“This is Mexico’s moment,” Romero told a Hyperloop One research analyst who wrote about how the futuristic transportation mode could transform the central region of Mexico, whose population is expected to exceed 60 million by 2050.

According to the submission, a Hyperloop project in Mexico would build stations in strategic locations that take advantage of existing transport infrastructure including airports, freight rail hubs and subway, bus and rail stations. The new Mexico City airport could possibly be one terminus and the Guadalajara International Airport the other.

The project would have significant economic benefits by making the four cities on the proposed route more rapidly interconnected, the proposal argued, and it could also alleviate pressure on the nation’s highways.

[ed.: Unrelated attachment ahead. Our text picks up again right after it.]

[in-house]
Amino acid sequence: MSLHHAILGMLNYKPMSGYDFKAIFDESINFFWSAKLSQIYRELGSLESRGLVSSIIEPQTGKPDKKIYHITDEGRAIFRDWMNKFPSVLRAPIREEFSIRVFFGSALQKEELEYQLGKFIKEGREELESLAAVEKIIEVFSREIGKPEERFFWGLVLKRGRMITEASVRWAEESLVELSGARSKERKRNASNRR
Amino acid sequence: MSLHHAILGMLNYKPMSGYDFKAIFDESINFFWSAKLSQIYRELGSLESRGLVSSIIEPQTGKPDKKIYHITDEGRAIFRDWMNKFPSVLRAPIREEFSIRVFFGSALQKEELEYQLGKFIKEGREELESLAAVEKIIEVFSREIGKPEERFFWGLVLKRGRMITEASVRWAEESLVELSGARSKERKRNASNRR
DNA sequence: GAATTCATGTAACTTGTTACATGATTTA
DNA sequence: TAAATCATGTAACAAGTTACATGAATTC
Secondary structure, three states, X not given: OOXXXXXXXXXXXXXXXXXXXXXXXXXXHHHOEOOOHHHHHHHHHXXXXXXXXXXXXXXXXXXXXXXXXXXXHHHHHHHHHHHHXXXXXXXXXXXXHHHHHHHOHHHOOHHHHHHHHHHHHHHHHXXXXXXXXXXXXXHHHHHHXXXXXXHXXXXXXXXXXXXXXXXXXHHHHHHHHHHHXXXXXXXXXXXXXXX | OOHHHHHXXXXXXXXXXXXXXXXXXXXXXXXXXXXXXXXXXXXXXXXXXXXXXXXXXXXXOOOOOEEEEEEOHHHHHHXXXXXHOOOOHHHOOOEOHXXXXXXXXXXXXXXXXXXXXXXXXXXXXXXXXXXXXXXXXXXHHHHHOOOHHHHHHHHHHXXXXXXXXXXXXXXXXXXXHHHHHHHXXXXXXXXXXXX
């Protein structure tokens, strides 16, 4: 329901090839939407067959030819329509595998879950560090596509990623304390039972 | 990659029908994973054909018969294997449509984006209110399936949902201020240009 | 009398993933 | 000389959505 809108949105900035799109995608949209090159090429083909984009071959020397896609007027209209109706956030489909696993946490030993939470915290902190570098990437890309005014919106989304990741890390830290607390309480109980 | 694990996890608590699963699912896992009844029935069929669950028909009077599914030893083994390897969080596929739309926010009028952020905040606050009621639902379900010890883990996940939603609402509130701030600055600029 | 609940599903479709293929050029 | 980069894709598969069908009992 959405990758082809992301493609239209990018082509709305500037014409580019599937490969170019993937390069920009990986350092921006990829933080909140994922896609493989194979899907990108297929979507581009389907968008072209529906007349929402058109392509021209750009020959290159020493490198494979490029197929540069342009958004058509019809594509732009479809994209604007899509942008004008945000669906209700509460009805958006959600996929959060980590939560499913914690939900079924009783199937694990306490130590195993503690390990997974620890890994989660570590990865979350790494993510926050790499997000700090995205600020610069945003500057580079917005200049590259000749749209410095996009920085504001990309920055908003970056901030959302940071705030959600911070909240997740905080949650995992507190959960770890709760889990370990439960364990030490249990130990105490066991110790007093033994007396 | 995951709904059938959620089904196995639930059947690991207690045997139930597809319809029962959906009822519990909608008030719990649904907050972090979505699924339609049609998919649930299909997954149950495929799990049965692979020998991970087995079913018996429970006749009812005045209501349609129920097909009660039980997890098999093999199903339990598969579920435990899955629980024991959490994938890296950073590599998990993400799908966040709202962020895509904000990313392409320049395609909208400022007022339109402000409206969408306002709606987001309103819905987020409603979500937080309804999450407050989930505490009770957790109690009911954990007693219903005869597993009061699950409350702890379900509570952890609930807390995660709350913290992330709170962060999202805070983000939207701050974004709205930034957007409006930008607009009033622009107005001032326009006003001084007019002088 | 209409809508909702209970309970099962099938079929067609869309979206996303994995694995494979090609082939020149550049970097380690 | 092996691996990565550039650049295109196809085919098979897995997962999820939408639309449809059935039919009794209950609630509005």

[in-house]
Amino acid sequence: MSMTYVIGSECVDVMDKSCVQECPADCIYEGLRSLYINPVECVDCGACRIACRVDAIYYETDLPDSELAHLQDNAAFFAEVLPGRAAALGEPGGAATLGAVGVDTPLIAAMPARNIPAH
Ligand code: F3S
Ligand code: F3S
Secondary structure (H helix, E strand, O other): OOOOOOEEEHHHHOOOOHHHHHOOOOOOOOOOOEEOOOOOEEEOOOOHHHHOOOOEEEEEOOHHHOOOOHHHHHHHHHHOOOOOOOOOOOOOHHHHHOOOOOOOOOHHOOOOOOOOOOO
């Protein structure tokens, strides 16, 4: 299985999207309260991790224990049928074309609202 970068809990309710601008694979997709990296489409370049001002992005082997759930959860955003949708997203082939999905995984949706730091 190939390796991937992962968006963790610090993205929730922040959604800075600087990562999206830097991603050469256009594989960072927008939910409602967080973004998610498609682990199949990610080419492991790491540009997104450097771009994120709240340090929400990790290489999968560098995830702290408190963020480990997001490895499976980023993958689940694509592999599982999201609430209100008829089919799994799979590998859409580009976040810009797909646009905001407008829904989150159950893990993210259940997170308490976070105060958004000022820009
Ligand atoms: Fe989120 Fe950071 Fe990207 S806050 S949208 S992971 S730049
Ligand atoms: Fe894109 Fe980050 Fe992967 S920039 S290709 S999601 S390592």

The cost and time the project would take to complete is unclear although on its website Hyperloop One says a pre-feasibility study showed a cost of 38 million euros (US $45.4 million) per kilometer on a possible 500-kilometer route between Helsinki, Finland, and Stockholm, Sweden.

While higher than what it thinks other systems would cost, at that price the 532-kilometer Mexico City-Guadalajara route would cost almost US $24.2 billion, about 426.5 billion pesos.

The concept is the brainchild of Elon Musk of Tesla Motors and SpaceX.

Source: Excelsior (sp), Hyperloop One (en)

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  • alance

    I always thought Morelia was halfway between Mexico City and Guadalajara.
    I guess they are out of the loop so to speak.

    • Güerito

      You are exactly correct. But the plan is to cut up to Querétaro and León, where there are real businesses and industry, and avoid Michoacán, where not much productive activity takes place. It is a slap in the face to Morelia, but facts can’t be denied.

  • I cannot see how this technology would lead to “never being overbooked,” an entirely different matter.

  • From South of the Border